News

September 26, 2019

2.5m children suffering acute malnutrition in Nigeria – UNICEF

FILE: Malnourished children

Luminous Jannamike – Maiduguri

The United Nations Children’s Fund (UNICEF) said on Thursday that about 2.5 million children under the age of five in Nigeria suffer severe acute malnutrition.
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UNICEF’s nutrition specialist, Ms. Abigail Nyukuri, stated this at a two-day media dialogue on an integrated and timely response to nutrition-related humanitarian needs, organised in Maiduguri,  Borno State.
According to her, an estimated 440,000 boys and girls under the age of five in Borno, Adamawa, and Yobe States are affected by the disease in 2019.
Nyukuri, who revealed that the prevalence rates of severe acute malnutrition in the three North-East states are 11, six, and 13 percents respectively, blamed protracted access constraints and insecurity in the region for the worsening situation.
She said, “These protracted conditions have made the severe acute malnutrition situation even worse in Rann (Kala Balge), South Yobe, Magumeri, Jere, and Konduga Local Government Areas (LGAs).
“The poor nutrition situation is further exacerbated by the poor food security situation, sub-optimal water, hygiene, and sanitation practices and high disease burden.”
UNICEF warned that the key consequence of the abysmal feeding situation in several parts of Nigeria would increase poverty levels in years to come.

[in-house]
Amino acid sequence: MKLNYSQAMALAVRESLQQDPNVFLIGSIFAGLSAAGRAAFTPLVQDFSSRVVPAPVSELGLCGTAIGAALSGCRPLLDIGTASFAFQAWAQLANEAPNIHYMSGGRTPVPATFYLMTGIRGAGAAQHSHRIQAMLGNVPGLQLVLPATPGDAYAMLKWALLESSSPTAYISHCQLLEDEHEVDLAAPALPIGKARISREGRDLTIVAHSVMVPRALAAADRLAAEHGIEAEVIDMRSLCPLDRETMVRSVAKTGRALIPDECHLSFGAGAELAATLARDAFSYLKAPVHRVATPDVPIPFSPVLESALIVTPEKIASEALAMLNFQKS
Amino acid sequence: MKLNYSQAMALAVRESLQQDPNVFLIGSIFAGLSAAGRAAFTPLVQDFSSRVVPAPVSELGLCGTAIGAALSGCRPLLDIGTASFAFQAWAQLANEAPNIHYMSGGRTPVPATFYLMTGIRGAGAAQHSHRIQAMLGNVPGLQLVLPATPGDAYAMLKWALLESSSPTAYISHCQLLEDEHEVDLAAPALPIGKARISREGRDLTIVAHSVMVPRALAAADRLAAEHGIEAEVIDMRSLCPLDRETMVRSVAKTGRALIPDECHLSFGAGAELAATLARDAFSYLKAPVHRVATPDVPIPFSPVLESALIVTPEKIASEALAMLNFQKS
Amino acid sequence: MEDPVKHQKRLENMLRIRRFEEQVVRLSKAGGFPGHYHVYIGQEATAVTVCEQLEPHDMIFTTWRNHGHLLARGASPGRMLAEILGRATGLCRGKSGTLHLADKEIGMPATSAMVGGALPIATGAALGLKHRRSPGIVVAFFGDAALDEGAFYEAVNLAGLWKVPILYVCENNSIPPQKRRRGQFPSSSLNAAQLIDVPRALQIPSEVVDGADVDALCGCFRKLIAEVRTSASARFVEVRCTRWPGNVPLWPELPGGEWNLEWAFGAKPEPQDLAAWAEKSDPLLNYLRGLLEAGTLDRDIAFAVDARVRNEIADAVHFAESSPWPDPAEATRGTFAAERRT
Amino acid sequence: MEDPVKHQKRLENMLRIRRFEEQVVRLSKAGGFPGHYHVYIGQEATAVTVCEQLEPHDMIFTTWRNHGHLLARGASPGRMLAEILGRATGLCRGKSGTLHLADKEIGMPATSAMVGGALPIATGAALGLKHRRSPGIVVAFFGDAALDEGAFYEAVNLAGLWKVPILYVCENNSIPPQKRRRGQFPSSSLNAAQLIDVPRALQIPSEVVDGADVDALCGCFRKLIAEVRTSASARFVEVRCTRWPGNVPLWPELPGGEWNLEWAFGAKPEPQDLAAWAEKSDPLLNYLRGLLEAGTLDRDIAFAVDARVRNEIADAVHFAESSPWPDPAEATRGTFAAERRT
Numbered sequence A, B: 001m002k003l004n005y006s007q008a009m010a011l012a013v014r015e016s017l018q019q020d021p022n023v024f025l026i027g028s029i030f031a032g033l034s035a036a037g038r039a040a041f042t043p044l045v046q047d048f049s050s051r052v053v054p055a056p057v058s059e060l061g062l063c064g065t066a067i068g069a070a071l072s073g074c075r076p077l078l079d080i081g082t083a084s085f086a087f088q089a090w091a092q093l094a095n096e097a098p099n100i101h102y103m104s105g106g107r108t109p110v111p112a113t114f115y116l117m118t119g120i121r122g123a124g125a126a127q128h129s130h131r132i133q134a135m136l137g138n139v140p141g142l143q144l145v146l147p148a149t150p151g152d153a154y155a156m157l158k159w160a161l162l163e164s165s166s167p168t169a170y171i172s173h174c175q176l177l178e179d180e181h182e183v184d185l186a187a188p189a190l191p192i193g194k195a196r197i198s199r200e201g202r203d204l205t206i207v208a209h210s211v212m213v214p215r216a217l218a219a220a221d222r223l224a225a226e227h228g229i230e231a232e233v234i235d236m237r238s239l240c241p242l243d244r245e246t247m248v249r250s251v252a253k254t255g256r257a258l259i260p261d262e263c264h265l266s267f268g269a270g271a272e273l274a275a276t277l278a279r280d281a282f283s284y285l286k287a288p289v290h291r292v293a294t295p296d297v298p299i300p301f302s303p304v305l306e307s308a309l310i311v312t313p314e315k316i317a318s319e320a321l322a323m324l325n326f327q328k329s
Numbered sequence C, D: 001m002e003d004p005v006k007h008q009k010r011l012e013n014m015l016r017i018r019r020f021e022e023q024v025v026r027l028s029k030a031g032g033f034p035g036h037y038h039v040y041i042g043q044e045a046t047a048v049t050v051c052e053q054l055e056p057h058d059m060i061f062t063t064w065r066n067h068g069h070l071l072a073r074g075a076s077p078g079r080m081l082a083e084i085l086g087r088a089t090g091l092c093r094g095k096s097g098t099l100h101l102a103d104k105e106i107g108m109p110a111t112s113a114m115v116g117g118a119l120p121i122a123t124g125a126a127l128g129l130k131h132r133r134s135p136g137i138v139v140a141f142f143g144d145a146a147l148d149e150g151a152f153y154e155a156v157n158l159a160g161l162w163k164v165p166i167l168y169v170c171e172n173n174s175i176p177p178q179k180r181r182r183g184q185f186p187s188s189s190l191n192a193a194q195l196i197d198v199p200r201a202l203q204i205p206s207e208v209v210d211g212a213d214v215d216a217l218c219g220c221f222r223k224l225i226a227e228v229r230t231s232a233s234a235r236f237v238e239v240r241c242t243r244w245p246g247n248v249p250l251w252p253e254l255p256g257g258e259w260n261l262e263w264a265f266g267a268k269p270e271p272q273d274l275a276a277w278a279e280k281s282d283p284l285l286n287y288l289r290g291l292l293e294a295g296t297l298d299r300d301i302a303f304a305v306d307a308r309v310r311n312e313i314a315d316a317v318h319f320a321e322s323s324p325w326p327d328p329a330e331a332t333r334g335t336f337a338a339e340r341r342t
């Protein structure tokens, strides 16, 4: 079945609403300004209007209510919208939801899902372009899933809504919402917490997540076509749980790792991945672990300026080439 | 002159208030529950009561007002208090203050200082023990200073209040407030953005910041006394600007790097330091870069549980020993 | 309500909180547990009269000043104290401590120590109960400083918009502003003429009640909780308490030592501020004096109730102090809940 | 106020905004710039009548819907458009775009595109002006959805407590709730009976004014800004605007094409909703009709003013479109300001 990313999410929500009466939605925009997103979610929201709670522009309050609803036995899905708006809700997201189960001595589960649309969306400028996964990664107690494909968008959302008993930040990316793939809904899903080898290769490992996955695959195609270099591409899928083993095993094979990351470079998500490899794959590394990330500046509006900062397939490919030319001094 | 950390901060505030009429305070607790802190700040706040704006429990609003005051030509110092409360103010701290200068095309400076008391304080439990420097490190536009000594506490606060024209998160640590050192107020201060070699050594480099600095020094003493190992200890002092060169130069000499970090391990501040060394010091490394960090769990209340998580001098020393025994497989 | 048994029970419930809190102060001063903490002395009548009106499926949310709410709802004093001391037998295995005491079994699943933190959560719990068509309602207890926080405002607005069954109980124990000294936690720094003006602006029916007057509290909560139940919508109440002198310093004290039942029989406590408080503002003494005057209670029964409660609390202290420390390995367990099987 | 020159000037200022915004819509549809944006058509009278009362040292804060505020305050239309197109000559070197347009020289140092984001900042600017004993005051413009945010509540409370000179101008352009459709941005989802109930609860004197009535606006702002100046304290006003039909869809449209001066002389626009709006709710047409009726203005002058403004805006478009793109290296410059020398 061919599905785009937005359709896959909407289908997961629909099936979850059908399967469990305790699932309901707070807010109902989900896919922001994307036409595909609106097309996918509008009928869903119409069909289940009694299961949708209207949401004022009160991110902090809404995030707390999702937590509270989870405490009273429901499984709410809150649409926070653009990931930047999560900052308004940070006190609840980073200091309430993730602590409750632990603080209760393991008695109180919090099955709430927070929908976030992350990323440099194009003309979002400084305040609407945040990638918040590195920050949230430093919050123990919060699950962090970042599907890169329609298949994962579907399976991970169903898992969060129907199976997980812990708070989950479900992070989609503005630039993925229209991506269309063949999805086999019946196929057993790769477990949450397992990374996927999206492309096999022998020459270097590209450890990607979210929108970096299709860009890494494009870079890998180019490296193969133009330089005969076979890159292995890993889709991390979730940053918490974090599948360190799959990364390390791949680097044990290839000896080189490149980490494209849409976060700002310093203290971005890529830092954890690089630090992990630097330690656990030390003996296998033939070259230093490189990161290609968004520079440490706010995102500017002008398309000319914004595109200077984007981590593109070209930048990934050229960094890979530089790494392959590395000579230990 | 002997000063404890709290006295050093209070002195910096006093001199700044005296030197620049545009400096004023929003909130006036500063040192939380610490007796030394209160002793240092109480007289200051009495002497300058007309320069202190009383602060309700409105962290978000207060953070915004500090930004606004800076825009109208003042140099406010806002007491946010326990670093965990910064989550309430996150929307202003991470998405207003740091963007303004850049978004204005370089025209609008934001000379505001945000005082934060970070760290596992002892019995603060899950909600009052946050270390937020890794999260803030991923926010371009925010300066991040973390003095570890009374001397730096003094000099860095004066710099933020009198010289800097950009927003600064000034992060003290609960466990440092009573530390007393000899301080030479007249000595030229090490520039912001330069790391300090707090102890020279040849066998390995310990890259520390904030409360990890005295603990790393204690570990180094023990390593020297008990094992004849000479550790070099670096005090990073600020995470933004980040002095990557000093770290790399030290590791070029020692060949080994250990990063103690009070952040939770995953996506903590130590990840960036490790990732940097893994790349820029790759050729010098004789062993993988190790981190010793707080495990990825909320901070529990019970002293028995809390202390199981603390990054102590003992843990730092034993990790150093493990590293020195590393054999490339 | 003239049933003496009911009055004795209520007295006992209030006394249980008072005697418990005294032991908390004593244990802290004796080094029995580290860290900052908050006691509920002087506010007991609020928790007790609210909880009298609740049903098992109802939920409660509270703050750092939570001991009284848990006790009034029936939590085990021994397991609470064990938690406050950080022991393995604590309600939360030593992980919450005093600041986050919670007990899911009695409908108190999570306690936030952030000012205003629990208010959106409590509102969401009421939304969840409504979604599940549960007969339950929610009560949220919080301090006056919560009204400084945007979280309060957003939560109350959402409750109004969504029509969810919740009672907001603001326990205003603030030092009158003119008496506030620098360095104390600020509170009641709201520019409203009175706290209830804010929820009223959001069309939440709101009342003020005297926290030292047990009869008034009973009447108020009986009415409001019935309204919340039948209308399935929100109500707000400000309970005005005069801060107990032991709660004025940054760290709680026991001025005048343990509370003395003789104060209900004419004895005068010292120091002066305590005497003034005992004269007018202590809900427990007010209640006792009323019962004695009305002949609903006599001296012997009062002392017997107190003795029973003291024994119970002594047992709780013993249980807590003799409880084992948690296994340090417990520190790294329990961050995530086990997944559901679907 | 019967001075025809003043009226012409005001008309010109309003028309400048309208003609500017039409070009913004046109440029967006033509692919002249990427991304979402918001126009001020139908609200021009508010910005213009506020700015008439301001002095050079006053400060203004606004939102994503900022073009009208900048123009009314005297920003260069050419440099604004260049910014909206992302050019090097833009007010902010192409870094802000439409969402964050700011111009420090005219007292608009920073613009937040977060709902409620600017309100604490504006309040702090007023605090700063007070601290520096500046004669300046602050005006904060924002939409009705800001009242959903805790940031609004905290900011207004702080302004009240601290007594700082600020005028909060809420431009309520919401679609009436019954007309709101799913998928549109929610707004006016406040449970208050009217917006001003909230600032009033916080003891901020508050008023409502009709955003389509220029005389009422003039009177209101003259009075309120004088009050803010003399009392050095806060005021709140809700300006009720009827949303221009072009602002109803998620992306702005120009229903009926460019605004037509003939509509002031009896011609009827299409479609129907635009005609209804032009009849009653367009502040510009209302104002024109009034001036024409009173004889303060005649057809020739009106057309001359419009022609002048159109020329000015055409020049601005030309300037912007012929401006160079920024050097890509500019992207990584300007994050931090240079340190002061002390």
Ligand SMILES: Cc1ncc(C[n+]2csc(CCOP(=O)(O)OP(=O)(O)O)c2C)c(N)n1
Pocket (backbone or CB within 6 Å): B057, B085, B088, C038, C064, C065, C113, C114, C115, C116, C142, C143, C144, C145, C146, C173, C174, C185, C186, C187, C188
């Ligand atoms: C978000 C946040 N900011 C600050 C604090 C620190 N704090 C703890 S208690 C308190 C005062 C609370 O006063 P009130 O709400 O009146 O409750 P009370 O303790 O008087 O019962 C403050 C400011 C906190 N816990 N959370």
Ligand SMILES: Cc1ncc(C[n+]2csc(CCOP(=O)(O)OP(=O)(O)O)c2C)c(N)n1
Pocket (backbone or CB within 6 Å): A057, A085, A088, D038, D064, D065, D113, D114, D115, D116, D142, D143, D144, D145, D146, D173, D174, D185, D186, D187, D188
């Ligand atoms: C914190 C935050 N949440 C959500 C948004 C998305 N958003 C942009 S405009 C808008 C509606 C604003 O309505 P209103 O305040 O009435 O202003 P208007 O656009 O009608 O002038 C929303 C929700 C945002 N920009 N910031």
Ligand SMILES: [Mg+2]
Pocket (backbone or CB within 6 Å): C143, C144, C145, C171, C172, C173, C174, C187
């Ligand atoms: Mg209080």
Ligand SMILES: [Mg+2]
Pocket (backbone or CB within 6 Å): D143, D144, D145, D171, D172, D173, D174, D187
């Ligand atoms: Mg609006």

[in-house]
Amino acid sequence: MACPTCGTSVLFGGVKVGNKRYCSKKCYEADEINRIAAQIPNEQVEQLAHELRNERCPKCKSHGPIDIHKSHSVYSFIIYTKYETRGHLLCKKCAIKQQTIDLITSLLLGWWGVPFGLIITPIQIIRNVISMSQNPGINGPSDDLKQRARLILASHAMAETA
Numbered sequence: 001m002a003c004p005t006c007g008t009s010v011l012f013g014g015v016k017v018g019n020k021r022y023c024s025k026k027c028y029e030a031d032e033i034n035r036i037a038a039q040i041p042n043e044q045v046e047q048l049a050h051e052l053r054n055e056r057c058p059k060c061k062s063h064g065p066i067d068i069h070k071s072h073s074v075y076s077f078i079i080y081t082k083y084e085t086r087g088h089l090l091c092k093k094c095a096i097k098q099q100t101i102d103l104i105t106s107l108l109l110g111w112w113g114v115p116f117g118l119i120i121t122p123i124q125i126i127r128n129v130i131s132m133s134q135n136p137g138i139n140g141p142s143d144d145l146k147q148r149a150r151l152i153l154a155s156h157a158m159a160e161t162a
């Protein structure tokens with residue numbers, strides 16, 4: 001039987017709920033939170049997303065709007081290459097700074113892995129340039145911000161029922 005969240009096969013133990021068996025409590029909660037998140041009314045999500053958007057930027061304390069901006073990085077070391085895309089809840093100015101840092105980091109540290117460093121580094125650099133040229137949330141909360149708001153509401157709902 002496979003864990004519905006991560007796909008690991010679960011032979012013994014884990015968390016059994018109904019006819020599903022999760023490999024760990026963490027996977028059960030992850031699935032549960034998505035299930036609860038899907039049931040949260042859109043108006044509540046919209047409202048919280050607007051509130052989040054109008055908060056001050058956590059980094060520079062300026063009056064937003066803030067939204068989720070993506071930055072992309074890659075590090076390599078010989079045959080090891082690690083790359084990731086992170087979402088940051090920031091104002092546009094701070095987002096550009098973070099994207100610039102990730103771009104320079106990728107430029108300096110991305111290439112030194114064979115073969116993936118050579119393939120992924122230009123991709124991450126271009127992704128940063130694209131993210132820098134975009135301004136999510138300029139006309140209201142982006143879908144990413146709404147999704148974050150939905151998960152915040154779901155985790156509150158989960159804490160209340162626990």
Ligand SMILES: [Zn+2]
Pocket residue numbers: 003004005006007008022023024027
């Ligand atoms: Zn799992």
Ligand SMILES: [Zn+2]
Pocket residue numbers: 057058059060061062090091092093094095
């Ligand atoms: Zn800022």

“Malnutrition has dire consequences in the life of a child. It is a vicious circle because a malnourished child has issues with development, a compromised immunity status, and an impaired cognitive and intellectual capacities.
“All these and other issues combine to lead to increased poverty levels in the country because these children cannot adopt productive lifestyles when they become adults. The loss to Nigeria’s Gross Domestic Product (GDP) as a result is estimated at 16 percent annually,”  the nutritionist added.
In his remarks, the Minister of Information and Culture, Alhaji Lai Mohammed, noted that Nigeria’s future depends on producing children who are well prepared to take their place in tomorrow’s society.
He, however, said efforts were being made by the government through policies and structures aimed at managing the situation in the country.
Mohammed, who was represented by the ministry’s Deputy Director and Head of Child Rights Information Bureau,Olumide Osanyinpeju, said, “Most, unfortunately, a large number of these children are at risk of deprivations of basic amenities, of which nutrition is inclusive; and especially in the northern rural and hard-to-reach communities.
“The Federal Government has come to the realisation that lack of access to basic nutrition is an infringement on the rights of the child.
“Hence, efforts have been made by the government in the provision of policies and structures to manage malnutrition in the country through various programmes to support nutrition vis-à-vis  exclusive breastfeeding, complementary feeding from six months, even the Home Grown School Feeding programme etc., which are all aimed at eliminating poor feeding practice for children.”